The test cell building is usually constructed of concrete and contains both the control room and engine room, although in some test cells only the control room is enclosed. A typical test cell and a control room are shown in figure 3.1. If an engine fails during a test run or does not perform to the standards set by the manufacturer, that engine and a specified number of previous engines are disassembled to check for faults.The mobile trailer unit contains engine testing equipment similar to that available in an engine test cell. The mobile unit increases engine availability by eliminating most of the need to return engines to an overhaul depot.
The engine is run in the test cell with the same demands placed upon it as if it were installed in an aircraft. The performance of any engine is considerably influenced by changes in ambient temperature and pressure, because of the way these conditions affect the weight of the air entering the engine.During the initial run after assembly, or after extensive maintenance or overhaul, engine statistics are recorded on a test log. This log sheet remains with the engine historical records until such time as another data sheet is completed.
In addition, oil temperature, bearing scavenge-oil temperature, seal leakage, and oil consumption must be within established limits. These tests are usually performed under other than standard day conditions, and data will then be computed to a standard day rating by using the charts and tables in the engine manual. This new information is entered on the engine test log sheet as shown in figure 3.2 and becomes a permanent part of the engine records.
At Takeoff power settings the propeller may pick up and throw loose dirt, gravel, and other debris over a considerable distance. Precautionary measures must be taken during the ground running of turbine engines to avoid injury to personnel and damage to property o other aircraft. Occasionally During the starting of a turbine engine, excess fuel accumulates in the exhaust ducting and when ignited causes long flames to be blown from the exhaust nozzles. Personnel must ensure that the run up area is clear of inflammable materials and ground equipment.
Engine testing & storage
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Before any engine is shipped to the user, the manufacturer or overhaul facility has test-run the engine in a test cell to ensure quality control. Ground operation, or testing of an engine may also be performed in the mobile engine test unit (METU).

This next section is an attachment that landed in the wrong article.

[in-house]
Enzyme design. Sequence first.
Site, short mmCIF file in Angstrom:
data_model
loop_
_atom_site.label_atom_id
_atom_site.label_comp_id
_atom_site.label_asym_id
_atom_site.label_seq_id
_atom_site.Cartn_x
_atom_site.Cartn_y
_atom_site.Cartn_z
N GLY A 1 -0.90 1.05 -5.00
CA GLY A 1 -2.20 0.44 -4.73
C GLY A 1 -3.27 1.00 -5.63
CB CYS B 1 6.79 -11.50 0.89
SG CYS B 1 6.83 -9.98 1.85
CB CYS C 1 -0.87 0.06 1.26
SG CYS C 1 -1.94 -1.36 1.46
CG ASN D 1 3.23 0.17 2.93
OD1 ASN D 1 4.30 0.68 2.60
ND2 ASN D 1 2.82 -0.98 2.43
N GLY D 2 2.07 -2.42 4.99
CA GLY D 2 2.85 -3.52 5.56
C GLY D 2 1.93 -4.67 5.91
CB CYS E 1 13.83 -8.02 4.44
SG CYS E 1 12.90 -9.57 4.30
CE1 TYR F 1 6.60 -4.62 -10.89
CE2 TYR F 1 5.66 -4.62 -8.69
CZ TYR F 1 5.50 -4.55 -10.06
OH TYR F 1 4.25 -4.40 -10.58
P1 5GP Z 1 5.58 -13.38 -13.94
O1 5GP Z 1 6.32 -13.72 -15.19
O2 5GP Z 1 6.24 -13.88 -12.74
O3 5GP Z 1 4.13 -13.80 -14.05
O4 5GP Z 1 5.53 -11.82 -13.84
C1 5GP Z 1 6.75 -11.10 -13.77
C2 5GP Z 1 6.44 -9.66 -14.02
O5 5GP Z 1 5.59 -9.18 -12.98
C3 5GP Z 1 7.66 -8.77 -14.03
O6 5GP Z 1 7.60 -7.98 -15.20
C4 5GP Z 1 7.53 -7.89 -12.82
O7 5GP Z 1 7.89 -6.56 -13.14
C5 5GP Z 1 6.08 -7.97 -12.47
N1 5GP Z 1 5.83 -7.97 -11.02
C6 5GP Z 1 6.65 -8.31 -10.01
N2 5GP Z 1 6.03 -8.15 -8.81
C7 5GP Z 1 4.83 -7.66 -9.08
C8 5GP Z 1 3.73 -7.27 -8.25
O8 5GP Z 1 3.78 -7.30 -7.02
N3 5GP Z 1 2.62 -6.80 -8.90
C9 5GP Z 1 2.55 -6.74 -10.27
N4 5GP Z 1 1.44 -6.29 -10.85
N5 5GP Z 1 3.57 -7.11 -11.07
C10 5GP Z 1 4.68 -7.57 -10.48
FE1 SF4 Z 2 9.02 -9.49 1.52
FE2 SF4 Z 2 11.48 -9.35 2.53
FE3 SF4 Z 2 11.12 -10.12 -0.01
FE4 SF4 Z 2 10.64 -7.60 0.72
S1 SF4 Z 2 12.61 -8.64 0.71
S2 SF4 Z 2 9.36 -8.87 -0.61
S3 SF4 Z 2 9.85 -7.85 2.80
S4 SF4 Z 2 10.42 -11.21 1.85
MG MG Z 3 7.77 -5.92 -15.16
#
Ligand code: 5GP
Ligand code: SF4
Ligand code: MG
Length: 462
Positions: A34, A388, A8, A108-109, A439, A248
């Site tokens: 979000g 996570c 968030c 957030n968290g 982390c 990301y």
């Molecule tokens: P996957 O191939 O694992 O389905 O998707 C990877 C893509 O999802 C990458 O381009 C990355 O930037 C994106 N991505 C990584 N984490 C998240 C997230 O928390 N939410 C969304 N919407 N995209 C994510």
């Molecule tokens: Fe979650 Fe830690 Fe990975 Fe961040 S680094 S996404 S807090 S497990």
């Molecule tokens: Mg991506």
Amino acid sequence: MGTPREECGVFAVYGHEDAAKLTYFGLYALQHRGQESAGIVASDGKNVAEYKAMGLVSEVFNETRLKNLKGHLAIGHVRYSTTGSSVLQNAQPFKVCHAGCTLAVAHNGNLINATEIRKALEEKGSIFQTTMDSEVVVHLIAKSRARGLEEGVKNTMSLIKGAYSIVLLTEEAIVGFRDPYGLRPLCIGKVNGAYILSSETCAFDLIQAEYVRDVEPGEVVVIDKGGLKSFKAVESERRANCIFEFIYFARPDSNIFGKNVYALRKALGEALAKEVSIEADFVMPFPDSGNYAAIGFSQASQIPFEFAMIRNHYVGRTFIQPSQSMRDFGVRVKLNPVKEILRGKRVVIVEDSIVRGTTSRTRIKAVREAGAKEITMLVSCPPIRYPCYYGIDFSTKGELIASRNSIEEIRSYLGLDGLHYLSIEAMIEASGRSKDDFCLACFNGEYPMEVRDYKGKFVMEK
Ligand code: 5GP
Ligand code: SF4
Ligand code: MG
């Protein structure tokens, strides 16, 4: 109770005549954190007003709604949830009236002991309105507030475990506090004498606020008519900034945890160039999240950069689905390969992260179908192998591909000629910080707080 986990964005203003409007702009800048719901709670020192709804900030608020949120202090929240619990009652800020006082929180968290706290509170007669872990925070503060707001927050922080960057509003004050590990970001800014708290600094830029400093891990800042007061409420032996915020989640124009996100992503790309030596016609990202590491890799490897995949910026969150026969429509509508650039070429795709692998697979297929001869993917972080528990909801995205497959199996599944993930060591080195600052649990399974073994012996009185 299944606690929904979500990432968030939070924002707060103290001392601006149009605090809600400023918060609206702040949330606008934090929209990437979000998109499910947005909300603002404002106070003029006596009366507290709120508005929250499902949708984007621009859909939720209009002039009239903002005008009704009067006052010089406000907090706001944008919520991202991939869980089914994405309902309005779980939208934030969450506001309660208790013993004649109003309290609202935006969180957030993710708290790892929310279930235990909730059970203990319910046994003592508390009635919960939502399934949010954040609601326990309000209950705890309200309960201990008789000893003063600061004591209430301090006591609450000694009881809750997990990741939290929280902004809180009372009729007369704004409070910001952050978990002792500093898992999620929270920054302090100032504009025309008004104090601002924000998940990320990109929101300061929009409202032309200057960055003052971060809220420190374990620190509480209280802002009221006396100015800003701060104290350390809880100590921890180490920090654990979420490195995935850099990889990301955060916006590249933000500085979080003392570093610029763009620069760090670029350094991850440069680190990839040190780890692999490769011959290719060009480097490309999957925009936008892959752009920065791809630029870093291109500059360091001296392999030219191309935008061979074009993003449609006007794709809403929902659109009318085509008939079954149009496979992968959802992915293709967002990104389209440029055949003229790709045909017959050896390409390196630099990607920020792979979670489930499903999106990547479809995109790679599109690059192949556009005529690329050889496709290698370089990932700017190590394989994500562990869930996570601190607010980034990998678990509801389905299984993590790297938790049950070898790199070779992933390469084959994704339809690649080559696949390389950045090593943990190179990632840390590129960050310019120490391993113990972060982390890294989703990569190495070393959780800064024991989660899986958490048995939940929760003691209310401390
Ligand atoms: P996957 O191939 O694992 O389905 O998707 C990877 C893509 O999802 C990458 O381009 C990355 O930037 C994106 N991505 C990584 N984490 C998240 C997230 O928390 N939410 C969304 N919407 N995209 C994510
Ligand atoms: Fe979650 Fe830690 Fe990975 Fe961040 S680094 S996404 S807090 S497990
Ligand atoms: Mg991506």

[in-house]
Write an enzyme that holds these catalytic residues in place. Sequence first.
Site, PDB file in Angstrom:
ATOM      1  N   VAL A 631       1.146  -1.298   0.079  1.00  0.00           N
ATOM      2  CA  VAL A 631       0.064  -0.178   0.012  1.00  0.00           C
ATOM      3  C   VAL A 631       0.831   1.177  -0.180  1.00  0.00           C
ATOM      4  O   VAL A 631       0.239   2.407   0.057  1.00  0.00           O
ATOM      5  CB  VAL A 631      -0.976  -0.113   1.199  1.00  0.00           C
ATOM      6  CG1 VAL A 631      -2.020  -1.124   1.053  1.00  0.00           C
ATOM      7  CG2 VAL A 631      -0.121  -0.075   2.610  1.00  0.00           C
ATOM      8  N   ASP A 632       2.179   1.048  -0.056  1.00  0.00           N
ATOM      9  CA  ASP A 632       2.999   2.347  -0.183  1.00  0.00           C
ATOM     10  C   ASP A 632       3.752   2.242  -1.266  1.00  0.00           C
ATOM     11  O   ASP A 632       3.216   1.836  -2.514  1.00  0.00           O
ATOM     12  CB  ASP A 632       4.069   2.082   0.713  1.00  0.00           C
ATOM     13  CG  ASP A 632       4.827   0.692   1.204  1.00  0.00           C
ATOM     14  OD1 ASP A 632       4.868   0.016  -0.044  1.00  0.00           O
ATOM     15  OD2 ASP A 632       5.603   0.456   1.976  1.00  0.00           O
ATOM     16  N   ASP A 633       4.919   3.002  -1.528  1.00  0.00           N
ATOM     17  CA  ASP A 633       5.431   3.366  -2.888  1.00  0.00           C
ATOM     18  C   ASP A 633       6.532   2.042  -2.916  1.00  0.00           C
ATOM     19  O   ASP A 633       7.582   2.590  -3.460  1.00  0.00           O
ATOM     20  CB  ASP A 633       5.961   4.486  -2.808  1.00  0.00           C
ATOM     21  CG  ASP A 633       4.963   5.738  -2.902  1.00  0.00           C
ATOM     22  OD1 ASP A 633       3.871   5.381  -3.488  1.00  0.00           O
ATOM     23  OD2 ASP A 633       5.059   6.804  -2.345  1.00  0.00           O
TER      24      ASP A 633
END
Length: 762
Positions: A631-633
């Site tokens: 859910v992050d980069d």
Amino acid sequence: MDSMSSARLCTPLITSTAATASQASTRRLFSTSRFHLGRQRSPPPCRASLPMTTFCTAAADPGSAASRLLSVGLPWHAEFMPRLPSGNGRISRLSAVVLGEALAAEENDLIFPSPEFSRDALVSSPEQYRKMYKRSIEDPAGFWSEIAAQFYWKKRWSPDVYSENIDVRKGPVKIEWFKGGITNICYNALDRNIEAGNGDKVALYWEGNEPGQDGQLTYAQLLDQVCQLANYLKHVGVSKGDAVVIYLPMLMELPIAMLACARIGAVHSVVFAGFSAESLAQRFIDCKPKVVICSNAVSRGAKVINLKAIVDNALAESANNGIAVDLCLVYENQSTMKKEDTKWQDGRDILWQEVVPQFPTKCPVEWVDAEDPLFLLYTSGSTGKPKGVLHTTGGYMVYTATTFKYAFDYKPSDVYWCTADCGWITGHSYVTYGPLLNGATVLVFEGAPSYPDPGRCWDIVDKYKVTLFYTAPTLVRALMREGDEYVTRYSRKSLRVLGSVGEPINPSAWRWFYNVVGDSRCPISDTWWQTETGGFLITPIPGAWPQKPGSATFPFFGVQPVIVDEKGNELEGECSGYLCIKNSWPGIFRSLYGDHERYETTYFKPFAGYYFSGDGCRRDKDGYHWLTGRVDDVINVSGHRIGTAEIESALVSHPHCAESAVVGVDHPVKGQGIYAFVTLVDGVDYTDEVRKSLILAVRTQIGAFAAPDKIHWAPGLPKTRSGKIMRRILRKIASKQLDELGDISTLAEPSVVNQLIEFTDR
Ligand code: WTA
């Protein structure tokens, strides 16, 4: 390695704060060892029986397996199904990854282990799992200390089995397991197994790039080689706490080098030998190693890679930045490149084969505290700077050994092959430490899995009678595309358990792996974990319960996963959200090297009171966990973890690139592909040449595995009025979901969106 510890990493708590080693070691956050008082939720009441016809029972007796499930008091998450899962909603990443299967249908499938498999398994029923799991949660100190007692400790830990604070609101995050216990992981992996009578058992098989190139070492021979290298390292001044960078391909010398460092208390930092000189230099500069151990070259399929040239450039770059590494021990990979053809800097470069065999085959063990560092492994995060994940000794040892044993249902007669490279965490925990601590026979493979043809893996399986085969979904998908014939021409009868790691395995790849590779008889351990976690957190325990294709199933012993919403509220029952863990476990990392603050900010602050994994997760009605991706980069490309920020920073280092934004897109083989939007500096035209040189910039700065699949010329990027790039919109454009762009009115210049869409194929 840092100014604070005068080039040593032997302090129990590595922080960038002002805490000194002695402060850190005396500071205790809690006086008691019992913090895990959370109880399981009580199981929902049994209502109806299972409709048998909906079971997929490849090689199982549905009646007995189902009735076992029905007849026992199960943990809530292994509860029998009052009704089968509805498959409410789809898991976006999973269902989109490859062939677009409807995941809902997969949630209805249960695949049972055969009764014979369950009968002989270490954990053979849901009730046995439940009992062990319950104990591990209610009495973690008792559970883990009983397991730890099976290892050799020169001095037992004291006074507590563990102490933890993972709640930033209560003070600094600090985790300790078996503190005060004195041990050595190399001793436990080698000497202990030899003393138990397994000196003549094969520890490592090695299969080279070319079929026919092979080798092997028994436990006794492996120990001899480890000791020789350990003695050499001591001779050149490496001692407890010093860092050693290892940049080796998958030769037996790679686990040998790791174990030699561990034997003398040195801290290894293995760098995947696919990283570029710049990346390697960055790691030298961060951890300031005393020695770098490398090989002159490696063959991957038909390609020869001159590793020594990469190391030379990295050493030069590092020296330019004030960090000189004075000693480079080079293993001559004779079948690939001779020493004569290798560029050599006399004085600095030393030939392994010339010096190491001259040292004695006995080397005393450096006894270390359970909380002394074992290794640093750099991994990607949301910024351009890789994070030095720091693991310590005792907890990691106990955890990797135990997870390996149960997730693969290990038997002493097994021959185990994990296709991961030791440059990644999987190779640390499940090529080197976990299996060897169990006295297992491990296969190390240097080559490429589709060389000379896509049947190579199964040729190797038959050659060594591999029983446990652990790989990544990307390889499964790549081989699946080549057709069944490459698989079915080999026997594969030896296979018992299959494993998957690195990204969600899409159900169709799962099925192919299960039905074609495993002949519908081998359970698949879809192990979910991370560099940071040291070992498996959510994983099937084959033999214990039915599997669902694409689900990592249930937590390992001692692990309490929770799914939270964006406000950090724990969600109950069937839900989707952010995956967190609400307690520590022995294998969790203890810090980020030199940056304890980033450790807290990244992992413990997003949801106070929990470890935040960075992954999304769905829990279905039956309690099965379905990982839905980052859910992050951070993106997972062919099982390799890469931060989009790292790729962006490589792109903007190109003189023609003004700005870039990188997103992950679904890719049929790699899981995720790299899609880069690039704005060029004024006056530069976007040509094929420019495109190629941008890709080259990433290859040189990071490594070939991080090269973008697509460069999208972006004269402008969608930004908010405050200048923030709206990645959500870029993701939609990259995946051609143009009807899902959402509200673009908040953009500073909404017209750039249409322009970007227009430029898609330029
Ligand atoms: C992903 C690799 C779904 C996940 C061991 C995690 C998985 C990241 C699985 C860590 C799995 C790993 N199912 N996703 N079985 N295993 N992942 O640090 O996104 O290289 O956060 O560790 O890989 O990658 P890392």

Test-cell instrumentation usually includes temperature and pressure gages to monitor engine performance. To compare the performance of similar engines on different days, under different atmospheric conditions, a given engines performance must be corrected to the standard day condition of 29.92 inches of mercury and 59 F.
During testing, any problem that would limit the engines performance, such as exhaust gas temperature, torque, fuel flow, or maximum speed, is corrected.
Ground Testing is intended to give an engine a thorough test for mechanical soundness and for correct indications of operating parameters. Toavoid repeating the instructions, the following checks are based on reversing engines which utilize the fuel cut-off lever as means of controlling starting and shutdown.
On non-reversing engines this is accomplished by the initial movement of the power control ever to the IDLE detent. In cases of conflict between the instructions in this manual and those in the applicable aircraft manual, the latter will apply. To eliminate unnecessary ground running, ground testing is divided into ground test procedures o checks, as follows:
NOTE: Although Procedures for groundtesting are described herein, theappropriate air frame manufacturer’smanual must be consulted for detailedprocedures, curve so tables required tocarry out the tests.
Check No.1 PrestartCheck No.6 Engine Check No.2 Engine Shutdown Start Check No.5 Check No.3 Setting Acceleration Maximum GasCheck/Adjustment Generator Speed Check No.4 Engine Performance And Data Plate Speed
There are three categories of storage, that is: Flyable storage. Temporary storage. Extended storage.* The decision as to which category of storage is to be used depends upon the length of time the engine will be inactive.
An engine that will not be operated for a period of at least 72 hours, or more than 14 days, must be preserved and maintained with all components and systems in an operable condition. On the third day, the engine must be run-up or motored with the starter.
An engine that will not be operated for over 14 days, but less than 45 days, must be placed in temporary storage. Engines normally falling in this category are those undergoing minor repair or modification which requires idleness for a period not to exceed 45 days.
An engine that will be inactive for more than 45 days, but not exceeding 180 days, must be preserved and maintained in extended storage. Usually, this includes those engines undergoing major repair or modification, or any other circumstance that would warrant idleness for 45 to 180 days.
All preservation procedures require that any accumulation of dirt be removed from the engine with dry cleaning solvent. Under usual conditions, it will not be necessary to clean the entire external surface of the engine. If necessary, perspiration residues can be removed from close tolerance bare metal surfaces by wiping with a clean cloth dampened in fingerprint remover before cleaning with solvent.
To prevent oil contamination, never mix synthetic- base oils with mineral-base oils. Synthetic-base lubricating oil is required for the engine. Only a synthetic-base corrosion preventive oil can be used to spray the compressor for corrosion prevention.